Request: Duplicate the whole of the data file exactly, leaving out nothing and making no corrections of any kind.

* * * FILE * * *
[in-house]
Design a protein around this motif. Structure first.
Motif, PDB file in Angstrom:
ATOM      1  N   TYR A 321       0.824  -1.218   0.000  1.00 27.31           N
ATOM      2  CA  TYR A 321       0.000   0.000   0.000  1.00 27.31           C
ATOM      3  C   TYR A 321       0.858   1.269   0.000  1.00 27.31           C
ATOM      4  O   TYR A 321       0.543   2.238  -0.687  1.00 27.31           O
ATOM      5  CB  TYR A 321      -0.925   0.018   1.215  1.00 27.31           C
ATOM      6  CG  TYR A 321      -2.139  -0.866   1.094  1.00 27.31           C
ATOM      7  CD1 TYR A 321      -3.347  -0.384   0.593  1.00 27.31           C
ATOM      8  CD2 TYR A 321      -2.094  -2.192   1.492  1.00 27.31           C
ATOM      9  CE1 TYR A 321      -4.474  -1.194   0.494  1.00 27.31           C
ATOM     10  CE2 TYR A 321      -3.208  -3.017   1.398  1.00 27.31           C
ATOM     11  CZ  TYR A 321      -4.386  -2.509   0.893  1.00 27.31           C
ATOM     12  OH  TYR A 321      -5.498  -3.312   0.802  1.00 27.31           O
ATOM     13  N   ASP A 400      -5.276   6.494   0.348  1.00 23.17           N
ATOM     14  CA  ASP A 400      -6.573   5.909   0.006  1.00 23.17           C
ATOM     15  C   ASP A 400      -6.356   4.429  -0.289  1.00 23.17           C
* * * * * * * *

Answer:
[in-house]
Design a protein around this motif. Structure first.
Motif, PDB file in Angstrom:
ATOM      1  N   TYR A 321       0.824  -1.218   0.000  1.00 27.31           N
ATOM      2  CA  TYR A 321       0.000   0.000   0.000  1.00 27.31           C
ATOM      3  C   TYR A 321       0.858   1.269   0.000  1.00 27.31           C
ATOM      4  O   TYR A 321       0.543   2.238  -0.687  1.00 27.31           O
ATOM      5  CB  TYR A 321      -0.925   0.018   1.215  1.00 27.31           C
ATOM      6  CG  TYR A 321      -2.139  -0.866   1.094  1.00 27.31           C
ATOM      7  CD1 TYR A 321      -3.347  -0.384   0.593  1.00 27.31           C
ATOM      8  CD2 TYR A 321      -2.094  -2.192   1.492  1.00 27.31           C
ATOM      9  CE1 TYR A 321      -4.474  -1.194   0.494  1.00 27.31           C
ATOM     10  CE2 TYR A 321      -3.208  -3.017   1.398  1.00 27.31           C
ATOM     11  CZ  TYR A 321      -4.386  -2.509   0.893  1.00 27.31           C
ATOM     12  OH  TYR A 321      -5.498  -3.312   0.802  1.00 27.31           O
ATOM     13  N   ASP A 400      -5.276   6.494   0.348  1.00 23.17           N
ATOM     14  CA  ASP A 400      -6.573   5.909   0.006  1.00 23.17           C
ATOM     15  C   ASP A 400      -6.356   4.429  -0.289  1.00 23.17           C